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Orientation of molecular solutes in nematic liquid crystals : size and shape effects

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Title: Orientation of molecular solutes in nematic liquid crystals : size and shape effects
Author: Kok, Mei Yeng
Degree Master of Science - MSc
Program Chemistry
Copyright Date: 1986
Abstract: An understanding of the mechanisms of orientation of solutes in anisotropic solvents is of fundamental importance in the theory of liquid crystalline systems. A systematic study of these mechanisms is presently being conducted in this and other laboratories. As part of this investigation, the orientational order of a series of C[sub 2v] solutes in the liquid crystal mixture 55 wt% 1132 (Merck ZLI 1132) and 45 wt% partially deuterated EBBA (N-(4-ethoxybenzylidene)-2,6-dideutero-4-n-butylaniline) was studied using NMR spectroscopy. This technique provides a description of the average orientation of a solute in terms of the order parameters. The results obtained indicate a good correlation between order parameters and the size and shape of the solutes. A model based on short range hard body interactions, which depend on the dimensions of the solute, was used to predict orientational ordering. Excellent agreement was obtained between observed and calculated order parameters. These results provide supportive evidence that the mechanism responsible for orientation in the 55 wt% 1132 system is short range hard body interactions. A side study was conducted on the ordering of furan and thiophene in the liquid crystalline solvents 1132 and EBBA. Temperature dependence of order parameters in 55 wt% 1132 were examined. Orientation in 1132 and EBBA and temperature dependence in 55 wt% 1132 can be explained in terms of: (i) the short range interactions dependent on the dimensions of the solute, and (ii) the interaction between the molecular quadrupole moment of the solute and the average electric field gradient which is due to the solvent.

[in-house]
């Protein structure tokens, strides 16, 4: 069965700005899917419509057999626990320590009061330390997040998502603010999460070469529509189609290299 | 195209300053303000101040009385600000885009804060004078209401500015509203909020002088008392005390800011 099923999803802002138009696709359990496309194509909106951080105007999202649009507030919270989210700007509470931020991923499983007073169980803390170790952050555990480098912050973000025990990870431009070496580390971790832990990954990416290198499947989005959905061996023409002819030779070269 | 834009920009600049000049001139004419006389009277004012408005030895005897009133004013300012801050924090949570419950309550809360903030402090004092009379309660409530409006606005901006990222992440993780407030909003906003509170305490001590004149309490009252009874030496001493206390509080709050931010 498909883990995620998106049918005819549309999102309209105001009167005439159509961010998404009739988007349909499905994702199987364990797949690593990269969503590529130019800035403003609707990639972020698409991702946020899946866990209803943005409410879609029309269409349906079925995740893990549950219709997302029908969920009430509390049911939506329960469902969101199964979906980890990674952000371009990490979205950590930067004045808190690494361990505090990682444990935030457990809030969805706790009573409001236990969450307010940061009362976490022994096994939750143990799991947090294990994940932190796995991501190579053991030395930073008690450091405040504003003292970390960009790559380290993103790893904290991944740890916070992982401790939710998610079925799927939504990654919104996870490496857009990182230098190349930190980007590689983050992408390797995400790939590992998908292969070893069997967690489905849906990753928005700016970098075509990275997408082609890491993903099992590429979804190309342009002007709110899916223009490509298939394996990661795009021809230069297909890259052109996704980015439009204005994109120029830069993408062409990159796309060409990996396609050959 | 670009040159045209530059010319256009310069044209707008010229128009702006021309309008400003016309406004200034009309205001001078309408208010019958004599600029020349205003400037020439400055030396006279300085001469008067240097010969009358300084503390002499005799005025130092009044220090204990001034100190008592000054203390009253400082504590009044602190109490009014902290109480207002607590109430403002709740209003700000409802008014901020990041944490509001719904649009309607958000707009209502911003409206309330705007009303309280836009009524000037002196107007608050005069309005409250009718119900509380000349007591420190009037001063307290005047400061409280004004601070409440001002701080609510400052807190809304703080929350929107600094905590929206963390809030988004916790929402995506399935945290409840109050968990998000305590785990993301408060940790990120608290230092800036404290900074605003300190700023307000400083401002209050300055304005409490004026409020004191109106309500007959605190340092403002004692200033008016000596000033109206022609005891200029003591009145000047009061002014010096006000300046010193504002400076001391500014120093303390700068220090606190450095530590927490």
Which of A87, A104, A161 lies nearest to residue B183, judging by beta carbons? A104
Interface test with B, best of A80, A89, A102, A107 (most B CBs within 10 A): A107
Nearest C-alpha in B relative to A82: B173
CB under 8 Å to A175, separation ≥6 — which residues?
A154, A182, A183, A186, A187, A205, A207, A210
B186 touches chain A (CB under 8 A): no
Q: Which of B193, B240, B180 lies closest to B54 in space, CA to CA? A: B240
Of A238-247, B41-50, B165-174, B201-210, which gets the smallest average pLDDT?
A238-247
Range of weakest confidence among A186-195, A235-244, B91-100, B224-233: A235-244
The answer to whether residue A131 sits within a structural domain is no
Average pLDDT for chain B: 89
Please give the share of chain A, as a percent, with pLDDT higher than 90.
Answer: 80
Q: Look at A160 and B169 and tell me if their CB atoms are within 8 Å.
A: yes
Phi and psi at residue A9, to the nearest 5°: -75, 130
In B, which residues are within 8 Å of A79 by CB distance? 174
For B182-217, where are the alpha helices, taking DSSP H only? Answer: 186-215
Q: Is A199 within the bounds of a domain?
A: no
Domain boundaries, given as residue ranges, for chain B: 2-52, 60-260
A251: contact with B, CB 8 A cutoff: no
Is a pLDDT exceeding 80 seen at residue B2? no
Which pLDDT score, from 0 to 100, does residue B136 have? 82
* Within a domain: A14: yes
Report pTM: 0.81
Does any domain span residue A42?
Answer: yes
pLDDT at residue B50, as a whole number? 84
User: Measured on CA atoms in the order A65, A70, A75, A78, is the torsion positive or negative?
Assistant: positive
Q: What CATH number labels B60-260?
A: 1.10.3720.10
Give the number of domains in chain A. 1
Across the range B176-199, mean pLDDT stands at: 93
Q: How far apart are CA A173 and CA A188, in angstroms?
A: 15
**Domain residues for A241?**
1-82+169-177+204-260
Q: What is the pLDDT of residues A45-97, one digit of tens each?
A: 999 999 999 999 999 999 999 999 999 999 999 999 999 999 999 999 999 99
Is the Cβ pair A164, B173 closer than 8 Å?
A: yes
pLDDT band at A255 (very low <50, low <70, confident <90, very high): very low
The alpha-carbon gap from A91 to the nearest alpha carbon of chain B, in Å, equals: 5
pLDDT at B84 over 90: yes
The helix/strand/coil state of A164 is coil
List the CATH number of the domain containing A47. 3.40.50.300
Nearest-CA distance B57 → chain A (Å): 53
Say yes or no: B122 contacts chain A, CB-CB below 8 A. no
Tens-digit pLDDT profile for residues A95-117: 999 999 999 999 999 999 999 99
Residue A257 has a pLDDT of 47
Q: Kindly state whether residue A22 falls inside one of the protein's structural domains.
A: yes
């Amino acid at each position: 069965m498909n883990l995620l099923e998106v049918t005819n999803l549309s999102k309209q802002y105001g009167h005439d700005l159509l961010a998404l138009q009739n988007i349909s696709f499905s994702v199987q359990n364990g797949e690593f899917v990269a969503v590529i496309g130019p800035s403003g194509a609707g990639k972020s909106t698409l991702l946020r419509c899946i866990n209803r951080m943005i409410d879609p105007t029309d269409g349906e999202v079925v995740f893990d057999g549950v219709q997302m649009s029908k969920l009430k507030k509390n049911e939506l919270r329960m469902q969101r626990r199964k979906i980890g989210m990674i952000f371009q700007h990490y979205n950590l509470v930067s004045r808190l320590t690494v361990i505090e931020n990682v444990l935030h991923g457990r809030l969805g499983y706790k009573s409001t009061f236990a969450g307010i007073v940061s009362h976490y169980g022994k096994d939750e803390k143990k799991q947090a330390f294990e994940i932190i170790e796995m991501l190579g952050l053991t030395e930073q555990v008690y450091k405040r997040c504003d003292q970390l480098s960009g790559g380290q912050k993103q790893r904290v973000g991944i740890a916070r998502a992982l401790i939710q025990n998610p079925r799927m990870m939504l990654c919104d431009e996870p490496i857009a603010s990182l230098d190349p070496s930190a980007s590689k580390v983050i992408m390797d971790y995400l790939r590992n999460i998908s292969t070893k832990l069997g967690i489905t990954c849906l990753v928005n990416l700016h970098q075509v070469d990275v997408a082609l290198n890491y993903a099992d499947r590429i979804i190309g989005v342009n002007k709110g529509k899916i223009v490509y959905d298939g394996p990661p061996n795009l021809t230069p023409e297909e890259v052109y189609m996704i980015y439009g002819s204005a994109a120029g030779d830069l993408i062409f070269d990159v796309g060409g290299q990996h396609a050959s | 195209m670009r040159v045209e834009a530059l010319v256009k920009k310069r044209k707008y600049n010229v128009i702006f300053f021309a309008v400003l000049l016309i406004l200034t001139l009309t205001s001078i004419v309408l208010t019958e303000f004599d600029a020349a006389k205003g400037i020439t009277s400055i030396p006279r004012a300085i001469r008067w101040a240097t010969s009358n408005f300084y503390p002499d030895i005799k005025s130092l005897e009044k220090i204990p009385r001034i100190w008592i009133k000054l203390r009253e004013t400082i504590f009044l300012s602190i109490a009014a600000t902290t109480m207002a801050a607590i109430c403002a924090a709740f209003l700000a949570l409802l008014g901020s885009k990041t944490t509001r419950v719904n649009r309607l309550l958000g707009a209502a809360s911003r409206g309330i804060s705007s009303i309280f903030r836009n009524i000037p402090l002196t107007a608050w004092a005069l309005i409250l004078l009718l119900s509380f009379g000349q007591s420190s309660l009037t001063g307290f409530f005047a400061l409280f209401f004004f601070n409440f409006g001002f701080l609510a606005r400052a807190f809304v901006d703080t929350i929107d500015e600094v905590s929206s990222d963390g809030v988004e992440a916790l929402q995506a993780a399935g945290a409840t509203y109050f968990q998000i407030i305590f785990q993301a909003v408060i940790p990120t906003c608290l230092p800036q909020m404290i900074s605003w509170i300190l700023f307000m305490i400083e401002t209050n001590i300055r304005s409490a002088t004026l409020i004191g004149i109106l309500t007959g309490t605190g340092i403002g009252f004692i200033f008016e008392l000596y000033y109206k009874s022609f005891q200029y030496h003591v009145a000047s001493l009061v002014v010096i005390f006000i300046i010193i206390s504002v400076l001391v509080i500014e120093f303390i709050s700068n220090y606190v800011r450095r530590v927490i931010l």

URI: http://hdl.handle.net/2429/25911
Series/Report no. UBC Retrospective Theses Digitization Project [http://www.library.ubc.ca/archives/retro_theses/]
Scholarly Level: Graduate

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